Civil Liberties and Civil Rights

10d. Citizenship Rights

Immigration and Naturalization Service
The INS is charged with handling all immigration cases and issues within the United States, including the Border Patrol. It is a branch of the Department of Justice.

All countries have rules that determine who is a citizen, and what rights and responsibilities come with citizenship. In the United States, the 14th Amendment gives constitutional protection of the basic rights of citizenship: "All persons born or naturalized in the United States, and subject to the jurisdiction thereof, are citizens of the United States and of the States wherein they reside." So citizenship is conferred on the basis of place of birth and the process of naturalization.

Native-born Citizens

Any individual born within the boundaries of the United States or its territories is eligible for citizenship. If a foreign woman travels to the United States and gives birth to the child before leaving, the child is an American citizen, but the mother is not. Also, children born to American citizens abroad are also native-born citizens. The Constitution affords but one advantage to native-born citizens over those who are naturalized — the right to run for President of the United States. People may have dual citizenship — being citizens of two countries — if they are born to parents living outside the United States, or if they born in the United States to foreign citizens.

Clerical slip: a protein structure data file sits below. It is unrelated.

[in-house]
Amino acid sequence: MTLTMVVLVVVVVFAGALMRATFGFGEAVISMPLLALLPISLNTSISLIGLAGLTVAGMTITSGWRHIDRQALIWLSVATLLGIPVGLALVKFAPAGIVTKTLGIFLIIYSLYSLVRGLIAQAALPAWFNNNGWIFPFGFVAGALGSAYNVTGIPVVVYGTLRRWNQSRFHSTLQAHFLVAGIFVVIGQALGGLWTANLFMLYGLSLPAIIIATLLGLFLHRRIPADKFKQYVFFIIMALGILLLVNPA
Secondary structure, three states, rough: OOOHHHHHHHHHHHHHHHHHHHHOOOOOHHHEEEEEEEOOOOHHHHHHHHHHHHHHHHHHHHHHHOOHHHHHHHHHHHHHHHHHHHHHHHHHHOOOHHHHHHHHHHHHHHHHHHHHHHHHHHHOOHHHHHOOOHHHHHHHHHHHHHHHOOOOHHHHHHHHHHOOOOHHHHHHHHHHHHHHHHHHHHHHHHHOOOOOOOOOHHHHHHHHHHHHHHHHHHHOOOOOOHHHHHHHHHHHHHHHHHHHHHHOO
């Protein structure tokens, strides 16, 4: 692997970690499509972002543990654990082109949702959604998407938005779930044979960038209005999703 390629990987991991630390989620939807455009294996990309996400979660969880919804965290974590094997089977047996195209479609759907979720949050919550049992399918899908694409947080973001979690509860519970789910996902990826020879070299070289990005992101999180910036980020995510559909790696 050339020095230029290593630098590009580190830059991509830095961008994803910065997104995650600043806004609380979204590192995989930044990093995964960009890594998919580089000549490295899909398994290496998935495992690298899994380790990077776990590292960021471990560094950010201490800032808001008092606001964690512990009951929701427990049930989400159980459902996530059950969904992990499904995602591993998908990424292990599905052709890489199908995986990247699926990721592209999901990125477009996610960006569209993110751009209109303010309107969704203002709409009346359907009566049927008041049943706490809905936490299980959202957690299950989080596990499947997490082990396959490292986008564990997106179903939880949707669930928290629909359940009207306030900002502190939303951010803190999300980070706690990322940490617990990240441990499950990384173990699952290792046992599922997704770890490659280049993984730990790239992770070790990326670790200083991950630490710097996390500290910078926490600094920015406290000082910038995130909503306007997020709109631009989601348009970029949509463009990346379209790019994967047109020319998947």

Citizenship by Naturalization

American Immigration Law Foundation logo
The American Immigration Law Foundation fights for immigrants' rights in the United States and advocates continued immigration as healthy for the society and economy.

Naturalization is the conferring of citizenship to an alien — a non-citizen living in the United States. An applicant for citizenship must be at least 18 years old, must be able to read, write, and speak English, and must have lived in the United States for five continuous years, or three years of he or she is married to a citizen. An alien must file a petition requesting citizenship. The Immigration and Naturalization Service then holds a hearing in which the applicant is asked about his or her background and character. The applicant must also answer questions about American government and history. If the application is successful, the individual attends a final hearing to swear an oath of allegiance to the laws and Constitution of the United States.

Loss of Citizenship

Americans may lose their citizenship in three ways:

  • Expatriation, or giving up one's citizenship by leaving the United States to live in and becoming a citizen of another country

  • Punishment for a federal crime, such as treason

  • Fraud in the naturalization process

Admission to the United States

The United States has long been known as a haven for immigrants — a place people come to seek a better life. However, some Americans believed and still believe that too many people are crowding the United States and that immigrants will dilute American traditions and values. Throughout American history, debates have flared among those wishing to open the borders and those wishing to close them.

Melting Pot
The concept of the "Great American Melting Pot" is that the American people have been created from diverse groups of immigrants forming a culture with a unique character.